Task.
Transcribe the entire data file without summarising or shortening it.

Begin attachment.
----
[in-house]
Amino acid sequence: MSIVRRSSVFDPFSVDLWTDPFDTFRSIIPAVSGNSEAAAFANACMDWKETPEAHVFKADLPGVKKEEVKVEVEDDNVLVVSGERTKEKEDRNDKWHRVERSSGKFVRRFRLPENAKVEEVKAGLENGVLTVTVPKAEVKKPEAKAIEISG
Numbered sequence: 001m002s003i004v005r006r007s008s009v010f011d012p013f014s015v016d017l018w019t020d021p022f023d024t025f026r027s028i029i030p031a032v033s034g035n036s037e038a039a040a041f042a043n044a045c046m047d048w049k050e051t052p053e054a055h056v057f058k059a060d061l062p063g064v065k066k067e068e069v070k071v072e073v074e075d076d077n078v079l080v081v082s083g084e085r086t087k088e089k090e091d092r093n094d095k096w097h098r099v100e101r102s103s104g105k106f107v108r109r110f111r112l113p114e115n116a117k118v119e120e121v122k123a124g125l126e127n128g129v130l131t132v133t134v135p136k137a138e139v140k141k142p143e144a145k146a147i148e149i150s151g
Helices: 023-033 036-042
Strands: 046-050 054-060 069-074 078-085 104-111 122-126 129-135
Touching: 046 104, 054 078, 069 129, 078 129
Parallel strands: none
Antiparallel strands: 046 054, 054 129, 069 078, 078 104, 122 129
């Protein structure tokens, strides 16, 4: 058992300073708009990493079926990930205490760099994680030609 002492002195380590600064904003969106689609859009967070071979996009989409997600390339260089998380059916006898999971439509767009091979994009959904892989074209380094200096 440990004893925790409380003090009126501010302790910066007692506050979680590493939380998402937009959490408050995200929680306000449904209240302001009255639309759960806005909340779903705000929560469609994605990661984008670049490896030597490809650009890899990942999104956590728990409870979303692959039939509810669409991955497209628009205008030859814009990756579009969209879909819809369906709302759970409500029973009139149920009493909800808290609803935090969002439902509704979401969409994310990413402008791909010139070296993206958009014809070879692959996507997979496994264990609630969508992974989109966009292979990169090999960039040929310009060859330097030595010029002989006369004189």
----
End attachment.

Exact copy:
[in-house]
Amino acid sequence: MSIVRRSSVFDPFSVDLWTDPFDTFRSIIPAVSGNSEAAAFANACMDWKETPEAHVFKADLPGVKKEEVKVEVEDDNVLVVSGERTKEKEDRNDKWHRVERSSGKFVRRFRLPENAKVEEVKAGLENGVLTVTVPKAEVKKPEAKAIEISG
Numbered sequence: 001m002s003i004v005r006r007s008s009v010f011d012p013f014s015v016d017l018w019t020d021p022f023d024t025f026r027s028i029i030p031a032v033s034g035n036s037e038a039a040a041f042a043n044a045c046m047d048w049k050e051t052p053e054a055h056v057f058k059a060d061l062p063g064v065k066k067e068e069v070k071v072e073v074e075d076d077n078v079l080v081v082s083g084e085r086t087k088e089k090e091d092r093n094d095k096w097h098r099v100e101r102s103s104g105k106f107v108r109r110f111r112l113p114e115n116a117k118v119e120e121v122k123a124g125l126e127n128g129v130l131t132v133t134v135p136k137a138e139v140k141k142p143e144a145k146a147i148e149i150s151g
Helices: 023-033 036-042
Strands: 046-050 054-060 069-074 078-085 104-111 122-126 129-135
Touching: 046 104, 054 078, 069 129, 078 129
Parallel strands: none
Antiparallel strands: 046 054, 054 129, 069 078, 078 104, 122 129
């Protein structure tokens, strides 16, 4: 058992300073708009990493079926990930205490760099994680030609 002492002195380590600064904003969106689609859009967070071979996009989409997600390339260089998380059916006898999971439509767009091979994009959904892989074209380094200096 440990004893925790409380003090009126501010302790910066007692506050979680590493939380998402937009959490408050995200929680306000449904209240302001009255639309759960806005909340779903705000929560469609994605990661984008670049490896030597490809650009890899990942999104956590728990409870979303692959039939509810669409991955497209628009205008030859814009990756579009969209879909819809369906709302759970409500029973009139149920009493909800808290609803935090969002439902509704979401969409994310990413402008791909010139070296993206958009014809070879692959996507997979496994264990609630969508992974989109966009292979990169090999960039040929310009060859330097030595010029002989006369004189």